PNL Volume 21 1989 RESEARCH REPORTS                      41
Murfet, 1. C. and R. Cramp                                          Department of Plant Science
University of Tasmania, Hobart, Tasmania 7001, Australia
Seed longevity is influenced by temperature and humidity during sto­rage (2,4). However, no special seed storage conditions are used at Hobart and we have recently examined seed longevity in our system by tes­ting germination in seed samples of four lines which were among the first incorporated into the Hobart Pisum collection some thirty years ago.
Lines 2 (Lamm line 2, Rasmusson's grey dwarf), 11 (Barton Pll), and 31 (Lamm line 31) have round seeds (R) with anthocyanin present (A). Line 24 (a single plant selection from 1957 stocks of cv. Greenfeast) has wrin­kled seed (r) lacking anthocyanin (a). The seeds have been kept in paper envelopes in cardboard boxes stored in the senior author's office. Since 1965 that office has been in a brick and concrete building heated in win­ter. Room temperature is generally in the range 17-22 C. Prior to 1965 the office was in a wooden hut where temperature variation was more pro­nounced. Hobart has a mild, temperate climate (July mean temperature 8 C, humidity 77%; January mean temperature 17 C, humidity 51%).
Seed samples (n=50) ranging in age from 1-30 years were sown 2 cm deep in a sterilized peat/sand mixture and germinated at 17-23 C. Seed coats were knicked to facilitate imbibition and the seed dusted with Thiram. Seedlings were arbitrarily assigned to one of three categories (Fig. 1). Plants which were essentially normal, healthy, and vigorous were assigned to category 1 (good). Seedlings which were still fairly strong but with some signs of damage due to age, e.g. small pale areas on the Leaves and/or abnormalities in leaf morphology, were assigned to cate­gory 2 (some damage). Small weak seedlings with slow growth were assigned to category 3 (weak and slow). Cases where a plumule failed to emerge above the soil were assigned to category 4 (failed). We emphasise that categories 1-3 are not sharply delineated but classification in this man­ner allows a more sensitive insight into the progressive deterioration of the seed with age. Seedlings in category 2 appeared to recover with time and assume an essentially normal appearance above approximately leaf 7. In general, the older seeds germinated more slowly.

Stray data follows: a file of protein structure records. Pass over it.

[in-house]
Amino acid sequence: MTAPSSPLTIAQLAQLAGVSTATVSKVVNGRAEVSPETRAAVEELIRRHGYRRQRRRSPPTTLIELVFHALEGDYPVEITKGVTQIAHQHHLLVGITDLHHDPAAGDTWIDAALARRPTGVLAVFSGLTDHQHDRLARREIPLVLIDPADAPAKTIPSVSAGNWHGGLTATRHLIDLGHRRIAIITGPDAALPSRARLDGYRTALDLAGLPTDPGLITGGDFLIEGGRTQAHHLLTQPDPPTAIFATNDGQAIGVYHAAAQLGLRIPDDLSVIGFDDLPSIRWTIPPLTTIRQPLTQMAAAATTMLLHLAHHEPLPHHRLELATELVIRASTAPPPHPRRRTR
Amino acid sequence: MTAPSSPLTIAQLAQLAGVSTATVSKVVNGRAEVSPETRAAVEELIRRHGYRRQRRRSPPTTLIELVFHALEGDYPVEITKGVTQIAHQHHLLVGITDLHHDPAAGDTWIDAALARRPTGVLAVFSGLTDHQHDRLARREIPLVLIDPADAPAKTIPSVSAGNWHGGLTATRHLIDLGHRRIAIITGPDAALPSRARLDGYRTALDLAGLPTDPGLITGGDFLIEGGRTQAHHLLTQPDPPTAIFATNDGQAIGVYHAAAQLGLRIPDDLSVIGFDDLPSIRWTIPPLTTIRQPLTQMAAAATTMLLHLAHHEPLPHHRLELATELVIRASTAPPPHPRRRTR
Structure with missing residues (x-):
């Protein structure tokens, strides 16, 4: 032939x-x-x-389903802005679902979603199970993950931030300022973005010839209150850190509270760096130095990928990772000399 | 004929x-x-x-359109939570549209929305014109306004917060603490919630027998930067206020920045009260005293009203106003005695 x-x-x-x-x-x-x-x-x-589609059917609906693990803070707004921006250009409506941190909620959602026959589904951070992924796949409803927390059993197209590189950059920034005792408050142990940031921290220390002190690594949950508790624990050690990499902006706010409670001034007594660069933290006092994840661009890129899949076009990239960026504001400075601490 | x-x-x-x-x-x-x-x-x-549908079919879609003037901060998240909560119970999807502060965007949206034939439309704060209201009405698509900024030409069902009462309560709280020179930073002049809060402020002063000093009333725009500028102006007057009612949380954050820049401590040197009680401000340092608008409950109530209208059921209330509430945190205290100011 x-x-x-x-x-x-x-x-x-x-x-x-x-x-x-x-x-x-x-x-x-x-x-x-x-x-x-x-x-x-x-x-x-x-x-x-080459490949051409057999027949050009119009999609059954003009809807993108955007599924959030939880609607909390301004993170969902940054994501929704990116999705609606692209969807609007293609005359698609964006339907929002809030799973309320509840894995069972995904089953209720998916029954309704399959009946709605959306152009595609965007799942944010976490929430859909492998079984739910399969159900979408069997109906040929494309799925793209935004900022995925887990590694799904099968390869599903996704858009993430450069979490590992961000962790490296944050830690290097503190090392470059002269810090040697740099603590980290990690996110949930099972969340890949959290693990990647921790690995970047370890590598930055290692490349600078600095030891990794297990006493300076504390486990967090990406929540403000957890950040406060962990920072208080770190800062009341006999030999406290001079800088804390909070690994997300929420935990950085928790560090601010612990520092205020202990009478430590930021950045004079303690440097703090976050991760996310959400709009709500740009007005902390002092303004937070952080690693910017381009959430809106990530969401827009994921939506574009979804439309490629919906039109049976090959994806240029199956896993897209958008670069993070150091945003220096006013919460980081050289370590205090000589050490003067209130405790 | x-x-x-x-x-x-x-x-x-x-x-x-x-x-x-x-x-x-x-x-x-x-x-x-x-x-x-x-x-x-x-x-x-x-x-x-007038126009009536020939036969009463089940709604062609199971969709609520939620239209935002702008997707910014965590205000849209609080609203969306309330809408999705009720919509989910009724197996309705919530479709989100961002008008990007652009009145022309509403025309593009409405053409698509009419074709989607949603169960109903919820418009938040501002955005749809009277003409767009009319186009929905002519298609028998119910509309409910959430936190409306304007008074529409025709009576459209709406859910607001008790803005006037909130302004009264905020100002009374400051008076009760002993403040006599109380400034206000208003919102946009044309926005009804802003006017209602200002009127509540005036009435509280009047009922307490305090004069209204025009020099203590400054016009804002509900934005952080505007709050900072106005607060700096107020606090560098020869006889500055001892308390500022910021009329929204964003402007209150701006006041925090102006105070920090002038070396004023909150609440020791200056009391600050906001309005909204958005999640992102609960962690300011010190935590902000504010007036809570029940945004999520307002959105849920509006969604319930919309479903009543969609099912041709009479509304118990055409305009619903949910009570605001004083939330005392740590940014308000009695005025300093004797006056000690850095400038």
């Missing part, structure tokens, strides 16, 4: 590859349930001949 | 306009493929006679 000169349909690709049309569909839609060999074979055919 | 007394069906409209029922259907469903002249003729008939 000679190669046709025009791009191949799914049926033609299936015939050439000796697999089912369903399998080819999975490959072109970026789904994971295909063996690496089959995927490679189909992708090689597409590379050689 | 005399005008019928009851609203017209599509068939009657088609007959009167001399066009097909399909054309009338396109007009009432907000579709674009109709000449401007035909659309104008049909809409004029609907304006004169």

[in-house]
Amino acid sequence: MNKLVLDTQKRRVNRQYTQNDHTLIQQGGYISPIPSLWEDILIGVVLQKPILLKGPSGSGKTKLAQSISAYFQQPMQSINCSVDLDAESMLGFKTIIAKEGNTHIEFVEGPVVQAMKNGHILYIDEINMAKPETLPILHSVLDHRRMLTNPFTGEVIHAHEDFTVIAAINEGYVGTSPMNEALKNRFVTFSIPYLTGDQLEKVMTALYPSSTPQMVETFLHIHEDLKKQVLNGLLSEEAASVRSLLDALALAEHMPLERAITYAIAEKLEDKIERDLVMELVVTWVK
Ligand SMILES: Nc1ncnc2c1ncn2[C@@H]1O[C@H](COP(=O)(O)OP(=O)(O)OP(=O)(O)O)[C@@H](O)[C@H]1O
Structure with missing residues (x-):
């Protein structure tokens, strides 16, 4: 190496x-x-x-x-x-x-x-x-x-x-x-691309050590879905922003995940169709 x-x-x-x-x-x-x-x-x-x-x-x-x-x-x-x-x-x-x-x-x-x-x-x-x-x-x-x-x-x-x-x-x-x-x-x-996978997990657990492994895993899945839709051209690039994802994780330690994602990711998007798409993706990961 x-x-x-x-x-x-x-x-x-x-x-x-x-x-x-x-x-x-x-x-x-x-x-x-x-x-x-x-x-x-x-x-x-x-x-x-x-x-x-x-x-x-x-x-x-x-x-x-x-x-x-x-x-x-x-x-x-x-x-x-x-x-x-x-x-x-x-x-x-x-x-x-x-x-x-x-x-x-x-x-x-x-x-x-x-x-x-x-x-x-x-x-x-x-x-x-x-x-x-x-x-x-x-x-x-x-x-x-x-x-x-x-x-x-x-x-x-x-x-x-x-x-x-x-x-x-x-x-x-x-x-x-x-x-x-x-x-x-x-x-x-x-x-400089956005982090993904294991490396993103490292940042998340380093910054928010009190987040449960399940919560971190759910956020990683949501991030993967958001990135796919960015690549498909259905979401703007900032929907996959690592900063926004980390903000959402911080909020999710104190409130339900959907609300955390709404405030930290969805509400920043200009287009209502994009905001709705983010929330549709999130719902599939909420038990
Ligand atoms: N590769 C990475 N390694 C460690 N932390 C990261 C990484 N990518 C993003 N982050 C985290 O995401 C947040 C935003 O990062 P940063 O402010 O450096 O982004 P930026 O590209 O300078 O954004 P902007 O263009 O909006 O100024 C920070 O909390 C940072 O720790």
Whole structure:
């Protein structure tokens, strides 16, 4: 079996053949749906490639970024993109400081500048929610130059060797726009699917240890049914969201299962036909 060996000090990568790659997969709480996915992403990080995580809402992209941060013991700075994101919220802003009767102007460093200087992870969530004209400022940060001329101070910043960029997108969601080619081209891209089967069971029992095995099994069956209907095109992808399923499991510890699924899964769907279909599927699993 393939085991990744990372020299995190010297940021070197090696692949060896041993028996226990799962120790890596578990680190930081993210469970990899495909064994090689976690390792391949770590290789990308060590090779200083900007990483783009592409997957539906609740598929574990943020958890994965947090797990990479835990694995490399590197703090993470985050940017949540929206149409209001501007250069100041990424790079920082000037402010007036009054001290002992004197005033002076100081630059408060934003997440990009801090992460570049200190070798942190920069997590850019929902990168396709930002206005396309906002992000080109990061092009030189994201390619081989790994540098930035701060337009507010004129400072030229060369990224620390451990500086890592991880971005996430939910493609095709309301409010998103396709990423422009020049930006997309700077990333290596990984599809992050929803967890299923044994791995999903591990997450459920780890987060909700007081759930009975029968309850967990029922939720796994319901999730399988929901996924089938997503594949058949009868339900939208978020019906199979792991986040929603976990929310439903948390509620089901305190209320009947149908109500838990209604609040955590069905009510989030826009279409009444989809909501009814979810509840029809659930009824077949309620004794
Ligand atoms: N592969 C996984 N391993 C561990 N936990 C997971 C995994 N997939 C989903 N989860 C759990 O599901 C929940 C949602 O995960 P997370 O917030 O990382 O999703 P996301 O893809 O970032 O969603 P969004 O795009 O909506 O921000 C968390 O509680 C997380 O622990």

The oldest seeds to produce viable seedlings were the 21-year-old seeds of lines 24 and 31 (Fig. 1). Even so, line 24 generally showed a mere rapid deterioration with age than the other three lines all of which produced a high proportion of good seedlings from seed aged 13 to 15 years. Whether the more rapid deterioration of line 24 is related to the recessive condition for genes r and/or a cannot be determined from this one study. Genetic differences in survival can be determined more rapidly using artificial aging conditions, e.g. high temperature and humidity. However, from a practical point of view it is useful to have actual longe­vity data obtained in normal conditions. Varietal differences in seed longevity have been reported for peas (5) and germination after 31 years has been recorded
With the rise in genebanks and national collections over the past 20 years conditions for the preservation and storage of germplasm have generally been upgraded. Nevertheless, we have found that at least some
42                            PNL Volume 21 1989 RESEARCH REPORTS
samples received from overseas genebanks have germinated very poorly compared with seeds of an equivalent age and type from our own collection. Pre-harvest conditions are important (1) and we suspect that in these cases marked deterioration has occurred during the maturation and pre-harvest period.
1.   Austin, R. B. 1972. In: Viability of Seeds. Ed. E. H. Roberts. Syracuse University Press. pp. 114-149.
2.   Bass, L. N. 1979. In: The Plant Seed. Eds. I. Rubenstein,
R. L. Phillips, C. E. Green, and B. G. Gengenbach. Academic Press, New York and London. pp. 145-170.
3.   Haferkamp, M. E., L. Smith, and R. A. Nilan. 1953. Agron. J. 45:434-437.
4.   Harrington, J. F. 1972. In: Seed Biology. Ed. T. T. Kozlowski. Academic Press, New York and London. pp. 145-245.
5.   James, E., L. N. Bass, and D. C. Clark. 1967. Proc. Amer. Soc. Hort. Sci. 91:521-528.
Fig. 1.
Germination data for seeds of various ages for Hobart Pisum lines 2, 11, 24, and 31.